“There was an alarm?” Raven asked.

“Now, that’s wishful thinking,” he said. “He did forget. No alarm. No camera.” “Convenient,” Raven said. “I hate convenient. I’m sure you’re detaining him.”

“We’re taking his statement, yes,” Breaker said.

Raven tilted her head to the side and said, “Don’t take this the wrong way, Breaker, but how long you been in homicide?”

His lips twisted into a smile. “First case, came from major crimes. I’m sure the chief already filled you in.”

“Okay,” she said. “Piece of advice. Don’t just take his statement. Detain him, question him on even the smallest detail. And question him yourself. Don’t turn it over to a uniform.” “You automatically think he had something to do with it?”

“I don’t automatically think anything, that’s why you need to question him.”

She turned away from him and studied the foundation. More lights in the northeast corner, which had been cordoned off with police tape along with a set of white metal stairs leading to the concrete floor below.

“You think that’s the entry?” she asked. “The stairs?”

“Yes, why wouldn’t we?”

Raven studied the slanted dirt walls. “The killer walked daintily down the stairs carrying the dead weight of a body wrapped in a blanket, not knowing who might wander down here?”

“I don’t know if the walk was dainty or not, but that’s the only way down there. What else could he do, drop the body in from the sky?”

She said nothing, just gave him what Billy Ray called her ‘Floyd’, deadpan serial killer stare.


“I see,” Breaker said. “This is going to be a waste of my time.”

She grinned, telling herself to lighten up a little. “More than likely,” she said.

“Thought so.”

He took his trench coat off and handed it to Officer Taylor, who was standing next to him like a valet. Taylor took the trench coat without delay, pressing down the neat folds, brushing off any imaginary dirt. The coat was followed by the jacket. Breaker put the jumpsuit over his slacks and the vest with the gold watch. After he was done, he slipped on the shoe covers and said, “And for the record, my shoes are Berluti, not Gucci.”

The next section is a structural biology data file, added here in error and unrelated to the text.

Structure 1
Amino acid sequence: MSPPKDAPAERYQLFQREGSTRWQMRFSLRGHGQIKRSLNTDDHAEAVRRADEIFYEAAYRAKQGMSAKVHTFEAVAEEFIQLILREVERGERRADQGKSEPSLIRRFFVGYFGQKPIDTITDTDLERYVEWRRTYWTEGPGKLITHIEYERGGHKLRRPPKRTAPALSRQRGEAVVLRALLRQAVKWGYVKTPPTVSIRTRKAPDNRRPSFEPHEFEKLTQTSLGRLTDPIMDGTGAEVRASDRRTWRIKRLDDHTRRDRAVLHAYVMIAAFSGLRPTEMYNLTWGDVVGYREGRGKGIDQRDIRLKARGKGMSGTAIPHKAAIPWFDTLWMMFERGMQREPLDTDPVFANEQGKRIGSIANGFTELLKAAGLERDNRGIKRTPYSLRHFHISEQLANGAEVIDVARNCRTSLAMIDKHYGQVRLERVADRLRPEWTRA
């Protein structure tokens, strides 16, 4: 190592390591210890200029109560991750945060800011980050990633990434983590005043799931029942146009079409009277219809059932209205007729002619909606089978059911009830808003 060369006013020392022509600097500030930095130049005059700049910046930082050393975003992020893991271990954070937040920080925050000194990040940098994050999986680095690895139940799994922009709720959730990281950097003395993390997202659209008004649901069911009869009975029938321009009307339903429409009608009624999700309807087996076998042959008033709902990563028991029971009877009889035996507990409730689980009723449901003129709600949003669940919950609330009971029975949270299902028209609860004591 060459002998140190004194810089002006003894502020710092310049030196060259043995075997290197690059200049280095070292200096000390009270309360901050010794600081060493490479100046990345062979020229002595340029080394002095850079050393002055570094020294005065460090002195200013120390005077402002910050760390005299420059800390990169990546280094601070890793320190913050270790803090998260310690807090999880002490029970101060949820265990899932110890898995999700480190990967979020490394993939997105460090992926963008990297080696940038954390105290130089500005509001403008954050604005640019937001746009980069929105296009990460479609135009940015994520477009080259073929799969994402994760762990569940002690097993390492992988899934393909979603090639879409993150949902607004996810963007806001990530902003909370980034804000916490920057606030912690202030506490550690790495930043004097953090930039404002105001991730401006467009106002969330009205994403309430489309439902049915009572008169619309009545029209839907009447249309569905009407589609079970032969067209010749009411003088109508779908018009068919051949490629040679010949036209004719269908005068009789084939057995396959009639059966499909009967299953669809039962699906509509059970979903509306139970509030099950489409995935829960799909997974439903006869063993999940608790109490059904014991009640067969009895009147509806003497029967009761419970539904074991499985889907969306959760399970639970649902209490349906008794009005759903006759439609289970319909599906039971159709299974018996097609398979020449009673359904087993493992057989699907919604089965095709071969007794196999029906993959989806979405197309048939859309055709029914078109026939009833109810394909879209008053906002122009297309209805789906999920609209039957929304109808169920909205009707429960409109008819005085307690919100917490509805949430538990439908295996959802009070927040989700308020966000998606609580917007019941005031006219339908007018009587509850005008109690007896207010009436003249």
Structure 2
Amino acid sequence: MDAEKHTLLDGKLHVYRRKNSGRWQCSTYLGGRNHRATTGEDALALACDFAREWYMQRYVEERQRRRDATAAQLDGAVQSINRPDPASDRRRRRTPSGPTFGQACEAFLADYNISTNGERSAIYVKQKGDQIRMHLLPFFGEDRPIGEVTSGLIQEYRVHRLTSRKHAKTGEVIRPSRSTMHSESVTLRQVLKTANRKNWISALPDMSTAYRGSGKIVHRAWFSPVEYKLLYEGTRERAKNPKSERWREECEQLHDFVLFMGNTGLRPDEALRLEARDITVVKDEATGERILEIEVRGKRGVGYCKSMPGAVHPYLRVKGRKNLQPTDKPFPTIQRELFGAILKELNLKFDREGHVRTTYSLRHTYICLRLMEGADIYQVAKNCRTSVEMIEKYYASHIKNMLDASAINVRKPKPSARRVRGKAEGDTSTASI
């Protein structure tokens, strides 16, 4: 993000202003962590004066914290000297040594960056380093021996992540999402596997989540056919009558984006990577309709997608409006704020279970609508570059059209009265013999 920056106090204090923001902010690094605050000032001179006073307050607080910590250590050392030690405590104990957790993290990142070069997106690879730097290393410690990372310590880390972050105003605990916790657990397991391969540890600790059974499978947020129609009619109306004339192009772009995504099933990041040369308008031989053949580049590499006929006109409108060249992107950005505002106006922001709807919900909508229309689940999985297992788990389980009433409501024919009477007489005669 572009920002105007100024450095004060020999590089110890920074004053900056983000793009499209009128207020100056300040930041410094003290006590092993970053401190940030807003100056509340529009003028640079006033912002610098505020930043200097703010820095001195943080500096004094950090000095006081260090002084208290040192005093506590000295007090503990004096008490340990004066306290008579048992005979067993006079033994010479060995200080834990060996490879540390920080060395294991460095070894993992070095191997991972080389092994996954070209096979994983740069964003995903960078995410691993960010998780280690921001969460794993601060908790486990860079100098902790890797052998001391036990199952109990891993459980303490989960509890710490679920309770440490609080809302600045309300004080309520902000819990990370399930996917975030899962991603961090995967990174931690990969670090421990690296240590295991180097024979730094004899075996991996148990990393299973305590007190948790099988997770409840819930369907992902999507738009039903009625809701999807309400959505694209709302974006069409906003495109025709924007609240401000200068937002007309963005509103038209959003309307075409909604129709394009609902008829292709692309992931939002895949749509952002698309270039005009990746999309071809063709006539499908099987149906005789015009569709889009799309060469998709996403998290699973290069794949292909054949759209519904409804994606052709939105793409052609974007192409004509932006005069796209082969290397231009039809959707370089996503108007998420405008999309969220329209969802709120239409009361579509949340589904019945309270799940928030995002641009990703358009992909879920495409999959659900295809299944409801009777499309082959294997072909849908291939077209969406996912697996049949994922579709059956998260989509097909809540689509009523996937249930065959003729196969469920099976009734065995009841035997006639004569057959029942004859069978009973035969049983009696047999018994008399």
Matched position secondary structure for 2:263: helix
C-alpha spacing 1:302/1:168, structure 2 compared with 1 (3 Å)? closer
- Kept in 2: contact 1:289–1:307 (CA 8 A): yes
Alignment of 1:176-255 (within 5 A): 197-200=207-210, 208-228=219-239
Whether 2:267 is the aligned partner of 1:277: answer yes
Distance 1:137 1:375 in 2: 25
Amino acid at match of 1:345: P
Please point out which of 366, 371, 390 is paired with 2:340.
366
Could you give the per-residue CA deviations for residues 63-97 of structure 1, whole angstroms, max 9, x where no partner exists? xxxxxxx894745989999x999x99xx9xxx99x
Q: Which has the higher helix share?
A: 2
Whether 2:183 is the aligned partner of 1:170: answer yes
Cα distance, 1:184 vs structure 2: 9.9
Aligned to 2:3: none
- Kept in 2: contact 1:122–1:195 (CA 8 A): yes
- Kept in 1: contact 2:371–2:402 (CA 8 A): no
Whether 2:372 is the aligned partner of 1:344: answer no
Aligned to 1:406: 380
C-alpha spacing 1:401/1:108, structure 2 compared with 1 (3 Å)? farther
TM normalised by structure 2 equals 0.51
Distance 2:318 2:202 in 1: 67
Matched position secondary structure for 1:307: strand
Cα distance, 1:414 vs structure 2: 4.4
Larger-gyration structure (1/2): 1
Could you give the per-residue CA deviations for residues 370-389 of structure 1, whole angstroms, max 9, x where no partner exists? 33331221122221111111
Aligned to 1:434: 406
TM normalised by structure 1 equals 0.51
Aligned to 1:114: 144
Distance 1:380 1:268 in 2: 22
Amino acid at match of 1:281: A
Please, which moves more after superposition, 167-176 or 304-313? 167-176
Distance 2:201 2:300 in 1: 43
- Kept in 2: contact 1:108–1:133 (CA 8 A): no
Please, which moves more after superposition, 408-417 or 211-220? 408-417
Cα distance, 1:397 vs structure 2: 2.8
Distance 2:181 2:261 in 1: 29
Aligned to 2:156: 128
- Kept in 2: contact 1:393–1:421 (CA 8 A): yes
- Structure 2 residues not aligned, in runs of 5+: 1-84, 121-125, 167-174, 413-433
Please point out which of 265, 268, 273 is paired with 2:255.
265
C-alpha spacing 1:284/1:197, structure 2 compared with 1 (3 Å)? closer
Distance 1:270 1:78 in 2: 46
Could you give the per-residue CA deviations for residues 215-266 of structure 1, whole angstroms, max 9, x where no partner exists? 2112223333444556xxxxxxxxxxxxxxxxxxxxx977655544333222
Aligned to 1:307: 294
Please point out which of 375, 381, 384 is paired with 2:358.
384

Copyright © Faye Snowden with permission from Flame Tree Press

A KILLING RAIN by Faye Snowden

A Killing Rain

Dark, Southern gothic tale of homicide detective Raven Burns, with a complicated past and a desperate case to solve. Black Girls Lit recommends the first book, A Killing Fire "to crime fiction and mystery lovers and fans of Ruth Ware and Gillian Flynn.”

After former homicide Raven Burns returns to Byrd’s Landing, Louisiana to begin a new life, she soon finds herself trapped by the old one when her nephew is kidnapped by a ruthless serial killer, and her foster brother becomes the main suspect. To make matters worse, she is being pursued by two men— one who wants to redeem her soul for the murder Raven felt she had no choice but to commit, and another who wants to lock her away forever.


Suspense Psychological | Thriller Serial Killer [Flame Tree Press, On Sale: June 21, 2022, Hardcover / e-Book, ISBN: 9781787586130 / ]

Buy A KILLING RAINAmazon.com | Kindle | BN.com | Powell's Books | Books-A-Million | Indie BookShops | Ripped Bodice | Love's Sweet Arrow | Walmart.com | Book Depository | Target.com | Amazon CA | Amazon UK | Amazon DE | Amazon FR

About Faye Snowden

Faye Snowden

Faye Snowden is the author of three published mysteries with Kensington— Spiral of Guilt (1999), The Savior (2003, 2004) and Fatal Justice (2005, 2006). She has published short stories and poems in various literary journals and small presses including The African American Review, Calliope, Red Ochre Lit, Bay Area Poets Coalition and Occam’s Razor.

Although born in San Fernando, California, she was uprooted while young to a place where supposedly people had swamps in their backyards and alligators for pets. She didn’t have any pet alligators in Shreveport, Louisiana, but an amazing, resourceful single mother raised the family of six in a shotgun house. And she had a cat named Blue.

At eighteen, Faye left Louisiana to join the Navy. The Navy gave her an opportunity to spend some time living in Naples, Italy and on both US coasts—Washington, DC and northern California. After the Navy, she went to work as an information technology professional in various industries while on her way to a masters in English literature. Aside from her publications, she also managed two boys, a husband, five dogs and three writing fellowships following her Navy years. Today, Faye works and writes from her home in Northern California.